Publication bias is the tendency to decide to publish a study based on the results of the study, rather than on the basis of its theoretical or methodological quality. It can arise from selective publication of favorable results, or of statistically significant results.
Hannah Rothstein is co-chair of the Methods Group of the Campbell Collaboration, and a member of the Collaboration's Steering Group. She is also a member of the Cochrane Collaboration's reporting bias methods group. Dr. Rothstein has been first author of four published meta-analyses of employment selection methods and has written many articles on methodological issues in meta-analysis. She has authored a chapter on meta-analysis that appeared in Measuring and Analyzing Behavior in Organizations, and has completed a 25-year retrospective on the contributions of meta-analysis to the field of industrial and organizational psychology that appeared in Validity Generalization: A Critical Review. With Michael Borenstein, and others, she is the author of computer software for meta-analysis and power analysis. Alex Sutton has published extensively on meta-analysis methodology generally, and on publication bias specifically in recent years, including a major systematic review on the topic of the methodology that has been developed for meta-analysis. He currently has an active interest in the area of partially reported study information, which is currently under-researched. Dr. Sutton is co-author of a textbook on metaanalysis (Methods for Meta Analysis in Medical Research), which was published by Wiley in 2000. Michael Borenstein served as Director of Biostatistics at Hillside Hospital, Long Island Jewish Medical Center from 1980-2002, and as Associate Professor at Albert Einstein College of Medicine from 1992-2002. He has served on various review groups and advisory panels for the National Institutes of Health and as a member of the NIMH Data Safety Monitoring Board, and is an active member of the statistical advisory groups of the Cochrane and Campbell Collaborations. Since the mid-1990s, Dr Borenstein has lectured widely on meta-analysis. He is the PI on several NIH grants to develop software for meta-analysis and is the developer, with Larry Hedges, Julian Higgins, Hannah Rothstein and others, of Comprehensive Meta Analysis, a best-selling computer program for meta-analysis.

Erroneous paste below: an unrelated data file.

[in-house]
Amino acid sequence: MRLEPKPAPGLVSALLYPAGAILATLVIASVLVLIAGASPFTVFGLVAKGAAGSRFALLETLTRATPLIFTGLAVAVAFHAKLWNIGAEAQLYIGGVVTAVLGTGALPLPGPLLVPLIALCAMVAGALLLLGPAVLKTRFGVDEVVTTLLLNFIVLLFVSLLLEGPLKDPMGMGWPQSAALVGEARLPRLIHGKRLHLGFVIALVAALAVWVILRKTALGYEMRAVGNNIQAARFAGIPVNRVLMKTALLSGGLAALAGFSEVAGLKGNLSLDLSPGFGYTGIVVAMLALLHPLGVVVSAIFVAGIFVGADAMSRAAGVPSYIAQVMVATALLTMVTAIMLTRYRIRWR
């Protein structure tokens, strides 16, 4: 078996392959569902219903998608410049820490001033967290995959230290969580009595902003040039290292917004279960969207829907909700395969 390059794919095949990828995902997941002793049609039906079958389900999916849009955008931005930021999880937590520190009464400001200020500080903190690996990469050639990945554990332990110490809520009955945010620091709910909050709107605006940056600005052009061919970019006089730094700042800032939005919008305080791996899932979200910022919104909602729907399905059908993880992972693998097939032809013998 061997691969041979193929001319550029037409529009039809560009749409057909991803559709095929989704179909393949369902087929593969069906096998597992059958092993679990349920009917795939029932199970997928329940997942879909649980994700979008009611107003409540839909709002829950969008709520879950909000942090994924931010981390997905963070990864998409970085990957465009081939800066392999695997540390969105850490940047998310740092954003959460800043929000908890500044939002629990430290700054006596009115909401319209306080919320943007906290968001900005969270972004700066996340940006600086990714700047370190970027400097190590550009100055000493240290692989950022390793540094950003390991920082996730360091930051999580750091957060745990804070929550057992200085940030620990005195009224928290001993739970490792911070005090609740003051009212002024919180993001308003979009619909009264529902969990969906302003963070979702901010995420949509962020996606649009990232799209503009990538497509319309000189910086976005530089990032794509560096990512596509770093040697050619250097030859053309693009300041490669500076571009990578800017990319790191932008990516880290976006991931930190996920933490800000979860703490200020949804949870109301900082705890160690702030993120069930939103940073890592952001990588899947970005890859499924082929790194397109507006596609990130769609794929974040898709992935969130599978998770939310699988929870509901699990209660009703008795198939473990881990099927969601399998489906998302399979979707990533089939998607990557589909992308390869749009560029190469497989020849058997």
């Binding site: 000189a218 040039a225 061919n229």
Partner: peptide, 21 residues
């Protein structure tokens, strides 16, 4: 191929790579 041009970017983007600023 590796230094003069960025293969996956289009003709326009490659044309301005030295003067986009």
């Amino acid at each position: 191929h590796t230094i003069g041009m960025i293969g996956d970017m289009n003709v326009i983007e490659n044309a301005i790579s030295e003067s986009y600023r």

John Wiley and Sons Ltd
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Alexander J. Sutton, Hannah Rothstein, Michael Borenstein